Peter Cherry, PhD, Medmeme’s vice president, information systems, explores how pharma can identify predatory journals and conferences

High volumes of clinical and drug research data are being generated across the world every day. While this information can bring critical insights to pharma companies; it can also lead them down a wrong and costly path if it turns out to be fake or unsubstantiated.

‘Fake data’ has become increasingly prevalent throughout modern academia, where it can be difficult to distinguish genuine publications from predatory ones and legitimate conferences from those that exist purely to make money from those keen to ‘publish or perish’.

On the issue of predatory journals, an article in Nature last year by Katarzyna Pisanski - a researcher in the School of Psychology at the University of Sussex, Brighton, UK, and the Institute of Psychology at the University of Wrocław, Poland - and colleagues said: “Thousands of academic journals do not aspire to quality. They exist primarily to extract fees from authors.”

The Nature article added: “These 'predatory' journals exhibit questionable marketing schemes, follow lax or non-existent peer-review procedures and fail to provide scientific rigour or transparency. The open-access movement, although noble in its intent, has been an unwitting host to these parasitic publishers.”

With regards to conferences, an article in the Huffington Post, by Dr. Madhukar Pai, professor and director of global health, and Eduardo Franco, professor and chair of oncology, at McGill University, notes that invitations to talk at a conference can be important for academic reputations. When conferences are organised by legitimate professional societies, they are important in helping to disseminate information and catalyse scientific and medical progress.

However, they warn: “There is a lot of money to be made in the scholarly-conference organisation business in Asia these days. These are not conferences organised by scholarly societies. Instead, they are conferences organised by revenue-seeking companies that want to exploit researchers’ need to build their vitas with conference presentations and papers.”

Identifying predatory journals

Fortunately, there are tactics to help academics and pharma companies separate the legitimate journals from what Christine Laine and Margaret Winker from the World Association of Medical Editors (WAME) call ‘pseudo journals'. While the Directory of Open Access Journals (DOAJ) lists legitimate open access journals, Beall’s List, compiled by Professor Beall, an associate professor and academic librarian from the University of Colorado, identifies potentially predatory journals. Professor Beall later took down his site after problems with lawsuits; his work on this subject remains definitive, although not without its critics.

Beall’s criteria for a suspect journal helpfully identified important red flags; firstly, there is no specific individual listed as the journal’s editor or there is a lack of geographical diversity on the editorial board at journals that claim to be “international” in scope. Secondly, be wary of any publisher that is purely run for-profit as opposed to not-for-profit. Other red flags include the journal’s operations lack transparency and the journal’s name is incongruous with its stated mission.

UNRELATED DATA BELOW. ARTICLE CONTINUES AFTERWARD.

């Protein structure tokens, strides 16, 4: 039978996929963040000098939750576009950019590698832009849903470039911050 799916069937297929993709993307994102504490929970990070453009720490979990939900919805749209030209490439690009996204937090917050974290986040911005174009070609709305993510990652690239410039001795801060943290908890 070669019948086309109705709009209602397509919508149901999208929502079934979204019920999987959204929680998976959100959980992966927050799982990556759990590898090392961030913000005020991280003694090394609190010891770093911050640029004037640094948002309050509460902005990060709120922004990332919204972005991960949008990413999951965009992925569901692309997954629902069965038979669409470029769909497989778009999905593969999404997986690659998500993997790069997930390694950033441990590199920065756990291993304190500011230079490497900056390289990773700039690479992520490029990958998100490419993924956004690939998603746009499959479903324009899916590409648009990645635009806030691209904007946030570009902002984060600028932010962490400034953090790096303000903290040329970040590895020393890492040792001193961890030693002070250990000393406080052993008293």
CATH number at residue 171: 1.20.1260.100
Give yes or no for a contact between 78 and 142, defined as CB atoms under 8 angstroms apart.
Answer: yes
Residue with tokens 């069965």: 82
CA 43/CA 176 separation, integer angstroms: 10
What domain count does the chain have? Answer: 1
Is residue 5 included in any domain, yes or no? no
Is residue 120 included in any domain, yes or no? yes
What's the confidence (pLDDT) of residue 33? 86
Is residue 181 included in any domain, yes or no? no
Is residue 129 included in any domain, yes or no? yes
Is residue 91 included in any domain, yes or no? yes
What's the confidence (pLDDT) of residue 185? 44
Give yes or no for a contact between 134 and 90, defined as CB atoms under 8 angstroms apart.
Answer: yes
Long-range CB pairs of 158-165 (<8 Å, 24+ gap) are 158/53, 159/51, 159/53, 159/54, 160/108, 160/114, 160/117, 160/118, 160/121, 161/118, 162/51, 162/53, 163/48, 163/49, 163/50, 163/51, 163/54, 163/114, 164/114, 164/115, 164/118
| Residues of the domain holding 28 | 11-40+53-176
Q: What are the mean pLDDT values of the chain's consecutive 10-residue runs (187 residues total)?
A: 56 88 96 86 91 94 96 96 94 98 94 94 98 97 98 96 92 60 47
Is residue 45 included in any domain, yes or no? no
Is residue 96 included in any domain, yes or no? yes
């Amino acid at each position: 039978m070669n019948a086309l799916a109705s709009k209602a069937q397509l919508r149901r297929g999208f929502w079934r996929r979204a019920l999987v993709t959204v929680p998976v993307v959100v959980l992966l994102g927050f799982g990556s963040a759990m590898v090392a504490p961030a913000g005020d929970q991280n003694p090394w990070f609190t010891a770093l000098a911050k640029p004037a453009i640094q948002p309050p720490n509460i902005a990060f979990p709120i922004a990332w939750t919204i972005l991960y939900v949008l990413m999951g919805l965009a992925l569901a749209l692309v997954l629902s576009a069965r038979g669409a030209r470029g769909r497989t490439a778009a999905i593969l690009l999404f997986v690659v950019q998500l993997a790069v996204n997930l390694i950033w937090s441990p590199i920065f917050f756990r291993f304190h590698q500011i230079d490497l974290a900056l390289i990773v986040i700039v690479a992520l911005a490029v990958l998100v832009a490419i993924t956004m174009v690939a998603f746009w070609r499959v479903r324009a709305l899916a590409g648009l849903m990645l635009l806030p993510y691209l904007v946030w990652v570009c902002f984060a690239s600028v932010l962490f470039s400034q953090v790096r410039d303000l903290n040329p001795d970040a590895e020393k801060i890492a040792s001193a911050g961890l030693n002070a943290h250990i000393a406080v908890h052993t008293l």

The biggest red flag, however, is a promise to publish within a specific timeframe, particularly a short one such as a week or month.  As most researchers are well aware, the peer-review process takes as long as it takes to get it right.

Top tips for evaluating conferences
For companies looking to attend events, or use information published from them, context is key.

Supporting websites are a useful indication of authenticity. An unprofessional website that contains spelling and grammatical errors and has incomplete information and a lack of footer content with legal copyright notices, should always be viewed with suspicion.

Social media activity can also be assessed to help to verify an event. Gauge the quality and patterns of social media posts and see how far back they go — a recently created account can mean the event lacks legacy and legitimacy. Check to see whether other Key Opinion Leaders in the industry are interacting with those social pages too. And, keep in mind ‘speaker trolling’ - event organisers claiming that well-known or respected individuals will attend their event. If the speakers do not mention their participation in an event on their own social and online channels, they may not be planning to attend.

Most importantly, look at conference impact metrics. Until recently, there were no reliable metrics, equivalent to journal citation counts, for medical and scientific conferences. However, for a more sophisticated, enterprise-wide approach to avoiding predatory conferences, a company can evaluate each aspect of the event to provide context. A conference scoring high on impact metrics means that other data, speakers, institutions and authors involved are relevant, well-cited and well-established.


Predatory journals and conferences are on the rise as their publishers and organisers employ increasingly sophisticated tactics. Their actions threaten to disrupt the work of pharma companies that fail to recognise them. Consequently, pharma must take great care when publishing, presenting, gathering and analysing data, and when choosing which conferences to attend.

There are some hallmarks that researchers can use to understand if a journal is predatory or not, such as looking into the editor’s credentials. In the case of conferences, relying on quality curation and impact metrics is advised. By conducting these preliminary checks, pharma can help to guard against ‘fake data’, save time and money, and preserve scientific rigour in the long run.

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